All this in a short, fun, fast-paced session. You will leave smiling, full of ideas, and ready to approach your next talk in a new manner. You will have new skills to help you make your point and close that deal, get that client, convince that person to follow your lead.

We are so sure of the value that we guarantee it. If you leave dissatisfied, we will give you your money back

Monday June 10th

5:30 to 7:30 PM

Inn Marin, Novato

$35 advance, $45 at the door

Click here to sign up for Speakers Night Out

Five Bad Assumptions You Can Make About Speaking

In Business Networking Groups, Business Presentations, Communication, executive coaching on February 15, 2013 at 8:33 AM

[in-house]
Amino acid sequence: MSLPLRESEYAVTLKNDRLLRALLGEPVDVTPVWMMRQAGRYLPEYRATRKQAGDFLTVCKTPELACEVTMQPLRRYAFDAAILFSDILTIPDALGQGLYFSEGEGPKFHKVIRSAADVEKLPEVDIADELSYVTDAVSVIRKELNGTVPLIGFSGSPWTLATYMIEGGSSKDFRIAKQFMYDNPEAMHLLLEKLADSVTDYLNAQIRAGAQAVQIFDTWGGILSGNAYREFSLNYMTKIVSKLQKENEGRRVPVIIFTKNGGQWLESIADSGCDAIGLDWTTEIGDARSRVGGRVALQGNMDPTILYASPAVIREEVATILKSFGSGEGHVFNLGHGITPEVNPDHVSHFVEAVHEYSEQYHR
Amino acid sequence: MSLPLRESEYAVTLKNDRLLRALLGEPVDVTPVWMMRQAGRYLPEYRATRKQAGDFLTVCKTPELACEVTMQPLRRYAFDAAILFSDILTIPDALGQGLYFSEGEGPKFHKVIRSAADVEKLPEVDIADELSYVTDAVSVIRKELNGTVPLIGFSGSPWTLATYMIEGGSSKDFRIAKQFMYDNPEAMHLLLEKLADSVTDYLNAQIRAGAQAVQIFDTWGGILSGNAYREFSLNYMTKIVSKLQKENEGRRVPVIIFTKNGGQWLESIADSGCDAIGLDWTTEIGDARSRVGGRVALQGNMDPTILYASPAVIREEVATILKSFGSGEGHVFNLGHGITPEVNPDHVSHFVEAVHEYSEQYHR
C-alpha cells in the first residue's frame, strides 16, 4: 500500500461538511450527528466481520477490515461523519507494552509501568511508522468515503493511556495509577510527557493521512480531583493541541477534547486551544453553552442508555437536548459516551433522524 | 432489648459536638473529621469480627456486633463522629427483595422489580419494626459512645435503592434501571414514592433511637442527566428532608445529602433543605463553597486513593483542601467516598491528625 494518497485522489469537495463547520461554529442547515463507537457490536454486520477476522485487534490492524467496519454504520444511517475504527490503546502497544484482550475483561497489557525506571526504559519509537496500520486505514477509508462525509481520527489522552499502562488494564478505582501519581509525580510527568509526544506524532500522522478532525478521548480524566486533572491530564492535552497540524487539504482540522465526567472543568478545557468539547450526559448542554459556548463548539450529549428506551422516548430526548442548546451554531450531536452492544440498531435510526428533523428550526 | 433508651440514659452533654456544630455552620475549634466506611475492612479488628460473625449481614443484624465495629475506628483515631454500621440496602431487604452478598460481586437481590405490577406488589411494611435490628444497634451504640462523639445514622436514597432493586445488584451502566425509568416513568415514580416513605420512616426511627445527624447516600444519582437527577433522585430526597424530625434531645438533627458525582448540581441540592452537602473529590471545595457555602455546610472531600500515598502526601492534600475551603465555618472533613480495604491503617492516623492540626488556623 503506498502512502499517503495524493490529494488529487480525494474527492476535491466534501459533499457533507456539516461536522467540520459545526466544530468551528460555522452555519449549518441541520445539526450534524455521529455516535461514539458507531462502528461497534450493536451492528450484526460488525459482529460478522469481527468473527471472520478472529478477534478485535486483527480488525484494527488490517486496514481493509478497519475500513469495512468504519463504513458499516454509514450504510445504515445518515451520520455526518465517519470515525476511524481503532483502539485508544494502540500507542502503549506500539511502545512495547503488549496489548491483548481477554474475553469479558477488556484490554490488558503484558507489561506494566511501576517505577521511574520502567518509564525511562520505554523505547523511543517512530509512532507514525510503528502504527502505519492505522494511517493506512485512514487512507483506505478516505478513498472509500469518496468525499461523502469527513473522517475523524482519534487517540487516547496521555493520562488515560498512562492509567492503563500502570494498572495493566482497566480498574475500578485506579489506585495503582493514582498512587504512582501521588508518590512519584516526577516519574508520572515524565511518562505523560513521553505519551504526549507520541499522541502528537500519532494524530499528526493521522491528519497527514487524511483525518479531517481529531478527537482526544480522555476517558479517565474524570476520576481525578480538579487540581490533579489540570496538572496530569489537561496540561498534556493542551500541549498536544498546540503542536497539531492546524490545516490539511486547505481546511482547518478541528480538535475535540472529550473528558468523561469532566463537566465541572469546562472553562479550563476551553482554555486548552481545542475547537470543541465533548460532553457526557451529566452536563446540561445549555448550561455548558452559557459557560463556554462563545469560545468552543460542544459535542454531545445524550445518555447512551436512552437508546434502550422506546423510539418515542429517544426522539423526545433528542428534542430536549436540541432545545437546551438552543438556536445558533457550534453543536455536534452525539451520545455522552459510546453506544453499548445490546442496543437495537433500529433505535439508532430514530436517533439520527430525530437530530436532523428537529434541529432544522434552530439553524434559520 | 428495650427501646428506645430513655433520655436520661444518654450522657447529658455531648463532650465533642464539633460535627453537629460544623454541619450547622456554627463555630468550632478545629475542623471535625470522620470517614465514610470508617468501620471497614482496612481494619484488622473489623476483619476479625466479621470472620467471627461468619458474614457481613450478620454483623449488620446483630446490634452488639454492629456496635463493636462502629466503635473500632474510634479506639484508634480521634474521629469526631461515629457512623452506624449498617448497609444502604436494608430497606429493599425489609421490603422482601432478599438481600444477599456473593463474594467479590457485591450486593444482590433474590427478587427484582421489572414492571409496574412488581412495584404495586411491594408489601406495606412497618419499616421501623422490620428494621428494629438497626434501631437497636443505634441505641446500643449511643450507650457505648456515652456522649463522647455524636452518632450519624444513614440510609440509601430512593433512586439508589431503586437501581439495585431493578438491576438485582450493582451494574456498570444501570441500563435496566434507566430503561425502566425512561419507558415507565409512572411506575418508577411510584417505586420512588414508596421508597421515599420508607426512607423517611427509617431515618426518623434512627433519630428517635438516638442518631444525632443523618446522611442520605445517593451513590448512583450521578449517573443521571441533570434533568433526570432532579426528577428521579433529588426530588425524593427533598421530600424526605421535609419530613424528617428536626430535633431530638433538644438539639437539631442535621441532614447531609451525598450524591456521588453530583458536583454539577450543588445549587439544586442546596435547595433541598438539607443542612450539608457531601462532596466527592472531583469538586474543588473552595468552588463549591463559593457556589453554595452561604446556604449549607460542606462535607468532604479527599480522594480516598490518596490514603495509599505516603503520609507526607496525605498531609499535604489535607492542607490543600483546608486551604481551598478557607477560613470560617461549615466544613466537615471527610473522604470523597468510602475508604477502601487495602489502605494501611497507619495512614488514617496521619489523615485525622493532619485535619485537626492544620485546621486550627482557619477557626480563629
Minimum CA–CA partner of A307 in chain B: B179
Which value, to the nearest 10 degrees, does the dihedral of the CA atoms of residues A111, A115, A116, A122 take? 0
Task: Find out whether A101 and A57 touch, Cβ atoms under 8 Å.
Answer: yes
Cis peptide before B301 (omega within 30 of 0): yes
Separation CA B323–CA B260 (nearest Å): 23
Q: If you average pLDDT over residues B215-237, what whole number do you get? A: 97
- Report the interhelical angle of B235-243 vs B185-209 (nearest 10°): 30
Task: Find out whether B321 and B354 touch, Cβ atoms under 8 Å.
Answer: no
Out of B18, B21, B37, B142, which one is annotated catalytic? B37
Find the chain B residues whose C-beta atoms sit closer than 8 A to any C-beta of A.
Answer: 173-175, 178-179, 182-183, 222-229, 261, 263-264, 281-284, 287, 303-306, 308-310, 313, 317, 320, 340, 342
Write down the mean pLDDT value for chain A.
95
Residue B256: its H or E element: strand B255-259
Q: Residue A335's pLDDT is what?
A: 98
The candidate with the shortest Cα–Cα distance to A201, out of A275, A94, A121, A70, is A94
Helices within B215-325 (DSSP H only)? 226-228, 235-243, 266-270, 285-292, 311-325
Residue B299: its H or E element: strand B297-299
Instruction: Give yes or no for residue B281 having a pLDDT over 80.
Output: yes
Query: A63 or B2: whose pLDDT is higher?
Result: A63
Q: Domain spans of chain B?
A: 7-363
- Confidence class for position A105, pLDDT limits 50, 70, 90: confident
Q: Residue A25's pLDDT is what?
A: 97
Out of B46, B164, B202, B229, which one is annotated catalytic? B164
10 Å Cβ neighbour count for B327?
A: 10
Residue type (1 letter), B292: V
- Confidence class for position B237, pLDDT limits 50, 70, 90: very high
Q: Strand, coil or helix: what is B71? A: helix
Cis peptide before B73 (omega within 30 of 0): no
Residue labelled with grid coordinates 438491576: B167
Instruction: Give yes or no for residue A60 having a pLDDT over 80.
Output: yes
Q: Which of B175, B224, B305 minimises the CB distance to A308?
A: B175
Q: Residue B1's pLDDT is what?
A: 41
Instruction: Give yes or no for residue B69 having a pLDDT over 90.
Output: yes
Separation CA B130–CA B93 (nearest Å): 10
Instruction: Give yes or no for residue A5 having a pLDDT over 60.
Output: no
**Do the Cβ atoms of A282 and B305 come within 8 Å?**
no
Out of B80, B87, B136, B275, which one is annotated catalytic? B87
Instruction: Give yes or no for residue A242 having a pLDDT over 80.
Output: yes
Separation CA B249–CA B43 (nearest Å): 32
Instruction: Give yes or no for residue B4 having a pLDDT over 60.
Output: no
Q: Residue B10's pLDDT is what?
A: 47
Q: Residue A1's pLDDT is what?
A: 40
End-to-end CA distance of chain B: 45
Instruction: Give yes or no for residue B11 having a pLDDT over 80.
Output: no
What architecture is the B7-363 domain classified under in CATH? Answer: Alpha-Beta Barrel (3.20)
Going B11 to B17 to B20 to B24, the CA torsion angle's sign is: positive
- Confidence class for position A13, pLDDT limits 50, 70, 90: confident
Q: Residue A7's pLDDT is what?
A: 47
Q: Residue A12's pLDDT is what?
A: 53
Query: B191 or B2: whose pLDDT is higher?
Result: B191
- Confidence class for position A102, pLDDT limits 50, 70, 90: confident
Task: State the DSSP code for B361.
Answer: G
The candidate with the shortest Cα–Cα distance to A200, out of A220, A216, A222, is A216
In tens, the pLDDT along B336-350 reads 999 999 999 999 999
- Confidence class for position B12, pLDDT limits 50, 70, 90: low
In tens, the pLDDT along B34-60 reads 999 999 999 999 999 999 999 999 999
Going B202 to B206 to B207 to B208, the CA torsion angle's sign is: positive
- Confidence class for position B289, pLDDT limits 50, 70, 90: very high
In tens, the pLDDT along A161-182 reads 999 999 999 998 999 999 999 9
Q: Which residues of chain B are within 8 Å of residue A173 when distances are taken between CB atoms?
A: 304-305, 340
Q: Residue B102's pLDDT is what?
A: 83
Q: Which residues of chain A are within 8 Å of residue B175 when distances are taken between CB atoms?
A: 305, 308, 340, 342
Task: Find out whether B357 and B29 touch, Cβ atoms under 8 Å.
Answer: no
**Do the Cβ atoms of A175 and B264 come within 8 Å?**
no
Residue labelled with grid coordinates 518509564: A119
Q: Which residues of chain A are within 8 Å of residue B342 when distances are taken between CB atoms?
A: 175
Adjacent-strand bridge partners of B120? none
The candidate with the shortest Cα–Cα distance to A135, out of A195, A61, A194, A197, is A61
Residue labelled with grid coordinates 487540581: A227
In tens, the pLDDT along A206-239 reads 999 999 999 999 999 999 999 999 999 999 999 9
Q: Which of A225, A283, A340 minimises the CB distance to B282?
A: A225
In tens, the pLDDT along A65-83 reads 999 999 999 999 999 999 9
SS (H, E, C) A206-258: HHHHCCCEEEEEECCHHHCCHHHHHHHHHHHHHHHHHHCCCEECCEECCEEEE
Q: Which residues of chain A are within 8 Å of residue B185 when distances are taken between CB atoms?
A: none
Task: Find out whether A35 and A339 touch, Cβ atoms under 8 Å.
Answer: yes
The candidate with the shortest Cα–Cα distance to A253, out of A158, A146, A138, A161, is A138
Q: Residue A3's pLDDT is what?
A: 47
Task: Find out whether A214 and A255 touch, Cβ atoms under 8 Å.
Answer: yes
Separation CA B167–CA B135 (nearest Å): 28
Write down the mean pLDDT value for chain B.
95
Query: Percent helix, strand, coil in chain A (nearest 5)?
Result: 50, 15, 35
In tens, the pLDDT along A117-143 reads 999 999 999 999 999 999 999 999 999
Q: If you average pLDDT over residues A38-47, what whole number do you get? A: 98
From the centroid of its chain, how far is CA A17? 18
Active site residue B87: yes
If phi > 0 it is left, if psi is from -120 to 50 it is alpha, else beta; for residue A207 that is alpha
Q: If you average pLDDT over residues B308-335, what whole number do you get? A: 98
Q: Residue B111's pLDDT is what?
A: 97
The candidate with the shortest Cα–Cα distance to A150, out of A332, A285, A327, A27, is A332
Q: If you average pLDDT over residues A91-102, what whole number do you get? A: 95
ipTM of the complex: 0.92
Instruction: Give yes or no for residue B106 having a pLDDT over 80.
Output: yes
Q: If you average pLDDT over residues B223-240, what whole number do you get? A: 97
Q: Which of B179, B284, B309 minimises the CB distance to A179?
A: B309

Preparing for a presentation is difficult as there are many unknown variables. It is acceptable for a speaker to make certain assumptions about a presentation. Here is a list of the 5 basic assumptions a speaker can make when preparing for a presentation.

  1. Assume all your equipment will work perfectly. Do not arrive early to do a check, do not call ahead to troubleshoot any compatibility issues. It can be a good idea to boot your PowerPoint as the audience watches this will allow you to share the cute picture you have on your desktop. assumptions
  2. Assume you are the expert and the audience knows less than you. You do not need to ask audience members what they know or believe about your topic – assume they know nothing. Speak the entire time leaving very little, if any, time for questions. The faster you speak, the more words you say, the bigger “bang for the buck” the audience receives.